Why 2015 Should Be the Year of Trade
When surveying the global landscape, there are many reasons for concern. At least two countries — China and Russia — show signs of seeking regional hegemony. Whether your foreign-policy goals are to balance power, strengthen global institutions, or advance our ideals, the emergence of an authoritarian regional hegemon should be highly disturbing. At the same ...
When surveying the global landscape, there are many reasons for concern. At least two countries -- China and Russia -- show signs of seeking regional hegemony. Whether your foreign-policy goals are to balance power, strengthen global institutions, or advance our ideals, the emergence of an authoritarian regional hegemon should be highly disturbing. At the same time, America’s key allies -- Europe and Japan -- struggle with anemic economies.
When surveying the global landscape, there are many reasons for concern. At least two countries — China and Russia — show signs of seeking regional hegemony. Whether your foreign-policy goals are to balance power, strengthen global institutions, or advance our ideals, the emergence of an authoritarian regional hegemon should be highly disturbing. At the same time, America’s key allies — Europe and Japan — struggle with anemic economies.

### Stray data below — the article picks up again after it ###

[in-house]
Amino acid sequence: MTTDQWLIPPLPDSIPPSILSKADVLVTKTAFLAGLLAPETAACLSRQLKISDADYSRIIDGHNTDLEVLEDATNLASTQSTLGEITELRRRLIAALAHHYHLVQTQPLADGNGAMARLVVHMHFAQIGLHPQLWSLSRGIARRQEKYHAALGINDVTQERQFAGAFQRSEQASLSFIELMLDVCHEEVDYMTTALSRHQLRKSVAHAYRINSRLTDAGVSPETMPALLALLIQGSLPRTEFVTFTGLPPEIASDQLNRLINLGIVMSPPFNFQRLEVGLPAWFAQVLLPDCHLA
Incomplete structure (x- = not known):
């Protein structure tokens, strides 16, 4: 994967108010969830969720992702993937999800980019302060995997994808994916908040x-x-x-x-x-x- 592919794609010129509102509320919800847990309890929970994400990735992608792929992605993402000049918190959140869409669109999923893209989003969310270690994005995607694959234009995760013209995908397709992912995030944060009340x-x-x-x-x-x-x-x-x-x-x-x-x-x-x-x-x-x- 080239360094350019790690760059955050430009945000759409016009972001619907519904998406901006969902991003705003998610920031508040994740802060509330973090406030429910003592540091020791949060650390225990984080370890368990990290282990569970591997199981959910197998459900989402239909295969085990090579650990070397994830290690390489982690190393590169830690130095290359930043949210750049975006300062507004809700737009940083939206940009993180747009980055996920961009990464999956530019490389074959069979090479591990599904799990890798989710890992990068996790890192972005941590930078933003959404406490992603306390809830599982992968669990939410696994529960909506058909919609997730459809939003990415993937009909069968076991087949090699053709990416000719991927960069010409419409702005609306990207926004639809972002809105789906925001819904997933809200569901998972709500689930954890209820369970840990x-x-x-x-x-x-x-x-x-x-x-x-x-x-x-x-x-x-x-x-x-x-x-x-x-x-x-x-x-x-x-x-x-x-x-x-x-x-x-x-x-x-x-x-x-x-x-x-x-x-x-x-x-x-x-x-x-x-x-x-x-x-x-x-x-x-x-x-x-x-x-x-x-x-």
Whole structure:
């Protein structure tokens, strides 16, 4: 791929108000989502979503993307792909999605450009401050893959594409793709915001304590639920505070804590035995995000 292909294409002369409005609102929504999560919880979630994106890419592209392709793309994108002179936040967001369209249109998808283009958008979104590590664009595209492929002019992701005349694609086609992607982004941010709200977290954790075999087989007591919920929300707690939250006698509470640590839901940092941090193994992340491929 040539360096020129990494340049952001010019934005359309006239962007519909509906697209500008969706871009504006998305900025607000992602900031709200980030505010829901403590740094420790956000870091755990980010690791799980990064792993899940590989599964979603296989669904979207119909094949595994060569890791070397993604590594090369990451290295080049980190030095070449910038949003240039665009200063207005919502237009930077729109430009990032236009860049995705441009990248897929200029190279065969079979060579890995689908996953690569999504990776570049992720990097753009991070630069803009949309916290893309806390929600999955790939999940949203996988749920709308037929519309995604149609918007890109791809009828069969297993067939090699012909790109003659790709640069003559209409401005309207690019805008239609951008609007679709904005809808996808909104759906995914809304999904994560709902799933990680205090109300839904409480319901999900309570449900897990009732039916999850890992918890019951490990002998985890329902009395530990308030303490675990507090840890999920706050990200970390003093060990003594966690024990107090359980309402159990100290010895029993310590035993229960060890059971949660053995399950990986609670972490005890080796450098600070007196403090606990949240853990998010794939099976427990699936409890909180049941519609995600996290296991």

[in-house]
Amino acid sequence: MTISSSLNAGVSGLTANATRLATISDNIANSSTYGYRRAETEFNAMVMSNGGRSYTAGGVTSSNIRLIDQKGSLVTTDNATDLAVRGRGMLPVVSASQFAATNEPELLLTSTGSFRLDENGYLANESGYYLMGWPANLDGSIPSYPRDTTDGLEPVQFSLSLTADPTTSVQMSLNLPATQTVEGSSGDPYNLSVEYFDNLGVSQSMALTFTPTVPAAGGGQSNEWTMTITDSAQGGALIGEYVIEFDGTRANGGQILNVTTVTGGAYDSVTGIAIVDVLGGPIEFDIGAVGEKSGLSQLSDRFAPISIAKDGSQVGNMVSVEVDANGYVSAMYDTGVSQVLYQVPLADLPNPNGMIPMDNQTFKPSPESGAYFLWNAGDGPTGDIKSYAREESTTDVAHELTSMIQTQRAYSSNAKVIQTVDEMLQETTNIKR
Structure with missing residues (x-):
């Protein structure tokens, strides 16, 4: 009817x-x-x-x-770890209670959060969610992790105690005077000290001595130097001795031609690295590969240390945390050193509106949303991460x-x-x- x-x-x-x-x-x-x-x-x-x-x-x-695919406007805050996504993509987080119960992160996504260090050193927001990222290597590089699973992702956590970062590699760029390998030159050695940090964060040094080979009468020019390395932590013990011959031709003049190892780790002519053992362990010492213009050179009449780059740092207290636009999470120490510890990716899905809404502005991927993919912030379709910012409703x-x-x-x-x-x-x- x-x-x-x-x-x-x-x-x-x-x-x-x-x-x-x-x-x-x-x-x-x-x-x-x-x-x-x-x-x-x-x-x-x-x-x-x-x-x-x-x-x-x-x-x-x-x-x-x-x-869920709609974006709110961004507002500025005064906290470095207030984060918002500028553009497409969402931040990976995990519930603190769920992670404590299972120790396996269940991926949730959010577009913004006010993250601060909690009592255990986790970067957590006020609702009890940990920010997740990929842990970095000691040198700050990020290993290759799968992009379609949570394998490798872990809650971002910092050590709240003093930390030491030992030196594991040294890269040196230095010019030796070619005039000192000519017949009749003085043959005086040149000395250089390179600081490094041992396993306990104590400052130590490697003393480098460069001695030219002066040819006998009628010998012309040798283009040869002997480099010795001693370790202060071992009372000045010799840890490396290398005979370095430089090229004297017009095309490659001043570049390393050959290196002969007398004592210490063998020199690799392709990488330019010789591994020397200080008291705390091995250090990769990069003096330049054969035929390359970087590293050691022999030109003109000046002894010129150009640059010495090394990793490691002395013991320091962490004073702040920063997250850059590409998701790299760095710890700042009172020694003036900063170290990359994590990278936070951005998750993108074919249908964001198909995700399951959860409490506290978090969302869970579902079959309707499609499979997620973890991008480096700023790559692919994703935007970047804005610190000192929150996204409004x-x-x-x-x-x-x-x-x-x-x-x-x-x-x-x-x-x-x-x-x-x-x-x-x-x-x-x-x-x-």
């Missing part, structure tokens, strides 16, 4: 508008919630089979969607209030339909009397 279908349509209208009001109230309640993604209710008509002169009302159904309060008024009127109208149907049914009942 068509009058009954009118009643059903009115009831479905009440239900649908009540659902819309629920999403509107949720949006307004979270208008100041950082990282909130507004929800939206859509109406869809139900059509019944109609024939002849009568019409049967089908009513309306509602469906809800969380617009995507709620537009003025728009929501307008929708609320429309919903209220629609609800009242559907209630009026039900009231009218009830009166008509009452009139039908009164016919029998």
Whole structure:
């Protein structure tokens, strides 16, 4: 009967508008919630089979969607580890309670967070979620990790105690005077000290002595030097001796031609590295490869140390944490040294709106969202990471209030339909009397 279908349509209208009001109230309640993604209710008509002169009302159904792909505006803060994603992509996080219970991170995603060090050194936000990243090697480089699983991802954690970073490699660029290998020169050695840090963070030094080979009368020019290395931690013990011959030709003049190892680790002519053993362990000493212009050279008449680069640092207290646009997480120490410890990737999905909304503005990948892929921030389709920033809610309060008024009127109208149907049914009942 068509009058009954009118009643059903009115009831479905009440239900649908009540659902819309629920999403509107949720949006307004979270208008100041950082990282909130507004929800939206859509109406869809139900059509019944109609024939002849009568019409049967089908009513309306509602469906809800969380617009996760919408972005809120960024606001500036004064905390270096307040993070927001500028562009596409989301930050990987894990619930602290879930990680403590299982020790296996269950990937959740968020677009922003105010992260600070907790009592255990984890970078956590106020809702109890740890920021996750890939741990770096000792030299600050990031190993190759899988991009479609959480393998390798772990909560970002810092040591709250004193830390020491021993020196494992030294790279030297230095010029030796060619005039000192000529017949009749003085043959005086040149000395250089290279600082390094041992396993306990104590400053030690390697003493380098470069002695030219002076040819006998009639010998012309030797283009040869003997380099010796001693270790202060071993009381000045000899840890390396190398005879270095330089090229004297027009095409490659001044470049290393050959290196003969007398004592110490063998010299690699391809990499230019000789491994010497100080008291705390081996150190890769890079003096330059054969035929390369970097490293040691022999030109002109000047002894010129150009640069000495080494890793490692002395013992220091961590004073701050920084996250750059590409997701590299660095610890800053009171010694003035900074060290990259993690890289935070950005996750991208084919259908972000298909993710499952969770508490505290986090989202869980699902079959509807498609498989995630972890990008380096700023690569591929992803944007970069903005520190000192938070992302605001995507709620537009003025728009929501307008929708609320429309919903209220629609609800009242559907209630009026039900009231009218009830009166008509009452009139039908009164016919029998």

Pending trade agreements in both the Pacific and Europe offer the opportunity to strengthen each region’s commitment to the global order and boost our allies’ economic prospects, all while also enhancing America’s economic growth and job creation. That is why advancing trade agreements should be the United States’ top geopolitical priority in 2015.